The problem of sleep-phase delay is exacerbated when teens are exposed late at night to lit screens, which send a message via the retina to the portion of the brain that controls the body’s circadian clock. The message: It’s not nighttime yet.

Yuan, a clinical associate professor of pediatrics, says she routinely sees young patients in her clinic who fall asleep at night with cellphones in hand.

“With academic demands and extracurricular activities, the kids are going nonstop until they fall asleep exhausted at night. There is not an emphasis on the importance of sleep, as there is with nutrition and exercise,” she says. “They say they are tired, but they don’t realize they are actually sleep-deprived. And if you ask kids to remove an activity, they would rather not. They would rather give up sleep than an activity.”

Adolescents are also entering a period in which they are striving for autonomy and want to make their own decisions, including when to go to sleep. But studies suggest adolescents do better in terms of mood and fatigue levels if parents set the bedtime — and choose a time that is realistic for the child’s needs. According to a 2010 study published in the journal Sleep, children are more likely to be depressed and to entertain thoughts of suicide if a parent sets a late bedtime of midnight or beyond.

In families where parents set the time for sleep, the teens’ happier, better-rested state “may be a sign of an organized family life, not simply a matter of bedtime,” Carskadon says. “On the other hand, the growing child and growing teens still benefit from someone who will help set the structure for their lives. And they aren’t good at making good decisions.”

According to the national sleep poll, by the time U.S. students reach their senior year in high school, they are sleeping an average of 6.9 hours a night, down from an average of 8.4 hours in the sixth grade. The poll included teens from across the country from diverse ethnic backgrounds.

American teens aren’t the worst off when it comes to sleep, however; South Korean adolescents have that distinction, sleeping on average 4.9 hours a night, according to a 2012 study in Sleep by South Korean researchers. These Asian teens routinely begin school between 7 and 8:30 a.m., and most sign up for additional evening classes that may keep them up as late as midnight. South Korean adolescents also have relatively high suicide rates (10.7 per 100,000 a year), and the researchers speculate that chronic sleep deprivation is a contributor to this disturbing trend.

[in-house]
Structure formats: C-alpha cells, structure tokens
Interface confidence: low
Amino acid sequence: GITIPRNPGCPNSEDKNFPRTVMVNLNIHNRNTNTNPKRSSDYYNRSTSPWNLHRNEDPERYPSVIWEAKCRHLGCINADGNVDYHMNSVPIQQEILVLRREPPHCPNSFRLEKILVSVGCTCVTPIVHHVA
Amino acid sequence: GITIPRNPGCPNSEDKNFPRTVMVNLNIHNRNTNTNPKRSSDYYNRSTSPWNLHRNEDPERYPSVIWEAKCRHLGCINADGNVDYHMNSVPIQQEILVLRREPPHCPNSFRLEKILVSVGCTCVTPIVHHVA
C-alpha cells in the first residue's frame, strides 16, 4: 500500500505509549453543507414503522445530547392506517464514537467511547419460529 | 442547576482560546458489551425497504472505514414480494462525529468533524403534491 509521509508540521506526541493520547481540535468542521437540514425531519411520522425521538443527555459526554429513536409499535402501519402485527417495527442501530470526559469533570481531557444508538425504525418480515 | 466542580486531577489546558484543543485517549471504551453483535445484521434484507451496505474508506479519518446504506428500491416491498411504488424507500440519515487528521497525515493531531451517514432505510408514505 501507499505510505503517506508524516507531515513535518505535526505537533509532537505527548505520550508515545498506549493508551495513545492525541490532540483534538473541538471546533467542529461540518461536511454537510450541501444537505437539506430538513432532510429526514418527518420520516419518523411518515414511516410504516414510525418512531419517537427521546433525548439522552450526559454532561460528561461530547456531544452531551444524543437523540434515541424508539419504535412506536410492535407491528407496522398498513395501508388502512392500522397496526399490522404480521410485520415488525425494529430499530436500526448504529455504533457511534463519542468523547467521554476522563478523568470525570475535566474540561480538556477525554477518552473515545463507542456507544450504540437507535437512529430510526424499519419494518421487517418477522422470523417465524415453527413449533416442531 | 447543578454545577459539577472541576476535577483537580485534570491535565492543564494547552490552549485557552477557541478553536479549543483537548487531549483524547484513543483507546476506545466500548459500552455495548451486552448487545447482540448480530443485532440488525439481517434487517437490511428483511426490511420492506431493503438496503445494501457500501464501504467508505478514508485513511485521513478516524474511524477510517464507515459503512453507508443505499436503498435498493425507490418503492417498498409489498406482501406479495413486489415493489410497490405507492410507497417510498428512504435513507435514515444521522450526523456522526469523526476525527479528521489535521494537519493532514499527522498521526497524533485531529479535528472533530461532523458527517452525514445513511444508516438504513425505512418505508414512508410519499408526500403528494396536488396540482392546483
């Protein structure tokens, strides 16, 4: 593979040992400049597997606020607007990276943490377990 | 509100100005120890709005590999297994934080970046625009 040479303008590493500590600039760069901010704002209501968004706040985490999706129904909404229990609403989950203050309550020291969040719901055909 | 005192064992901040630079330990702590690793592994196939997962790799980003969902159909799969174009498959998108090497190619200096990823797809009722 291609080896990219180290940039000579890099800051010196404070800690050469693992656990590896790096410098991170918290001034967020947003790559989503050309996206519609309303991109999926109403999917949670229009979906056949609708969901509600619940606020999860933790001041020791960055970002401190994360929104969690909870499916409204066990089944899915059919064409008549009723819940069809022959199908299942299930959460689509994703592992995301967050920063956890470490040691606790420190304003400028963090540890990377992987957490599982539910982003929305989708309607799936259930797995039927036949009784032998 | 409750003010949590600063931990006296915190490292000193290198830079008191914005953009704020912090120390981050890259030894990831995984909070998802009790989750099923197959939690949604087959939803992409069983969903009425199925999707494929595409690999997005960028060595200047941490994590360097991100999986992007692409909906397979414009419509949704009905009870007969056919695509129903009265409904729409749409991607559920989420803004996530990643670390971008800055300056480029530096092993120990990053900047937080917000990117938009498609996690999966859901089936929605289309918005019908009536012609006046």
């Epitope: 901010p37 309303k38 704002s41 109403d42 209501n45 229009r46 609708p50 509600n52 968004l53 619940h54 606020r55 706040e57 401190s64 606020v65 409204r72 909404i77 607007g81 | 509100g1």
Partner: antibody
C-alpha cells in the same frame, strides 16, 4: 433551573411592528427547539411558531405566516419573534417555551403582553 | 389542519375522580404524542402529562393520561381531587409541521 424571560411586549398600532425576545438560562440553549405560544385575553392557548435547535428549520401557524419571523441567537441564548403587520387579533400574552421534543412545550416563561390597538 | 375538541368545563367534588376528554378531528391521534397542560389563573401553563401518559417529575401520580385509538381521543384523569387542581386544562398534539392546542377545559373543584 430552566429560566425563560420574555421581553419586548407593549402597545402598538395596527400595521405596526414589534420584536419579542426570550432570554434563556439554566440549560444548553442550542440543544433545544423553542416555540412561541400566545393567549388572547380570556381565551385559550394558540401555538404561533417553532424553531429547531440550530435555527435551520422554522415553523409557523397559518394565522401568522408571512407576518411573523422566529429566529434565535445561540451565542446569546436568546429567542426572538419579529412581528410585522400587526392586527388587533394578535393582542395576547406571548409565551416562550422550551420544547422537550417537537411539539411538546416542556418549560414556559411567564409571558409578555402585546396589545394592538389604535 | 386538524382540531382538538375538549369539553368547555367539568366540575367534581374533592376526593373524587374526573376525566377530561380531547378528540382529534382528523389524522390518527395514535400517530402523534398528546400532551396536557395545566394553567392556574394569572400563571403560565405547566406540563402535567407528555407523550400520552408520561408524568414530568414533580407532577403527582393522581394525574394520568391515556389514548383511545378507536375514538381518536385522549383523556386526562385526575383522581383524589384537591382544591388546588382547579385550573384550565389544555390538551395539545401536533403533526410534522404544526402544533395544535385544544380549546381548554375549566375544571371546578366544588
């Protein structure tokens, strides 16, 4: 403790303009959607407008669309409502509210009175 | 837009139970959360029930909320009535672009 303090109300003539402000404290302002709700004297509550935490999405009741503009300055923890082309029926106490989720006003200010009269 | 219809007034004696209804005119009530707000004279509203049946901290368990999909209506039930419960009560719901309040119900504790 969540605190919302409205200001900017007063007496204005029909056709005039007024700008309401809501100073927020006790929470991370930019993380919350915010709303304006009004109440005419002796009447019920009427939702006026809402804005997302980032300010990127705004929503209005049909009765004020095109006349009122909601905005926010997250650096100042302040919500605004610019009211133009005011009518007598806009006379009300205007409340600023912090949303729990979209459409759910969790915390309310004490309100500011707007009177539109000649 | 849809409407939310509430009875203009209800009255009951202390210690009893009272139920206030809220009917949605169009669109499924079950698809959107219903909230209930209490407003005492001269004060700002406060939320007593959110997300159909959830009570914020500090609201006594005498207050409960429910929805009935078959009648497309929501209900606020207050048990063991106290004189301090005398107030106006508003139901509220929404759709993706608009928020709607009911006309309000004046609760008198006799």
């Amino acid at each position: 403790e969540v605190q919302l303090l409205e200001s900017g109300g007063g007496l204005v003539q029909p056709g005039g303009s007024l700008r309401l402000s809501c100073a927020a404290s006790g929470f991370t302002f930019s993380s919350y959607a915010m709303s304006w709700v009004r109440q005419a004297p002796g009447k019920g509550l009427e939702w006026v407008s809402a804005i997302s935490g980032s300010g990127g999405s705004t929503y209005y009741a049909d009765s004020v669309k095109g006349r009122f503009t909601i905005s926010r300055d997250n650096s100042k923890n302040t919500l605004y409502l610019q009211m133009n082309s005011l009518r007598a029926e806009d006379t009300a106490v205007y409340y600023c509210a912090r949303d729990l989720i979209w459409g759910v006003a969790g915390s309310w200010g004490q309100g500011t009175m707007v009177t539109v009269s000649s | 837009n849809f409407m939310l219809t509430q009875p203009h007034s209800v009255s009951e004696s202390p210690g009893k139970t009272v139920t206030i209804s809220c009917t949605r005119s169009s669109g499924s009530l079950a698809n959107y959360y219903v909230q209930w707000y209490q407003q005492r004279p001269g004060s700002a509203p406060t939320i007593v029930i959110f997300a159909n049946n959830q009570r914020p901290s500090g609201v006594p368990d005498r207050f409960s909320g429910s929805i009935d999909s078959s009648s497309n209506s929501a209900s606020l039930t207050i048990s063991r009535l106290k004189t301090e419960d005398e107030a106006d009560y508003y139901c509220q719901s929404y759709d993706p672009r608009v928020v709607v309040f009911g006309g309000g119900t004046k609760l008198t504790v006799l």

By contrast, Australian teens are among those who do particularly well when it comes to sleep time, averaging about nine hours a night, possibly because schools there usually start later.

Regardless of where they live, most teens follow a pattern of sleeping less during the week and sleeping in on the weekends to compensate. But many accumulate such a backlog of sleep debt they don’t sufficiently recover on the weekend and still wake up fatigued when Monday comes around.

Moreover, the shifting sleep patterns on the weekend — late nights with friends, followed by late mornings in bed — are out of sync with their weekday rhythm. Carskadon refers to this as “social jet lag.”

“Every day we teach our internal circadian timing system what time it is, is it day or night, and if that message is substantially different every day, then the clock isn’t able to set things appropriately in motion. In the last few years, we have learned there is a master clock in the brain, but there are other clocks in other organs, like liver or kidneys or lungs, so the master clock is the coxswain, trying to get everybody to work together to improve efficiency and health. So if the coxswain is changing the pace, all the crew become disorganized and don’t function well. … So nothing goes as it’s supposed to.”

This disrupted rhythm, as well as the shortage of sleep, can have far-reaching effects on adolescent health and well-being, she says.

“It certainly plays into learning and memory. It plays into appetite and metabolism and weight gain. It plays into mood and emotion, which are already heightened at that age. It also plays into risk behaviors — taking risks while driving, taking risks with substances, taking risks maybe with sexual activity. So the more we look outside, the more we’re learning about the core role that sleep plays,” Carskadon says.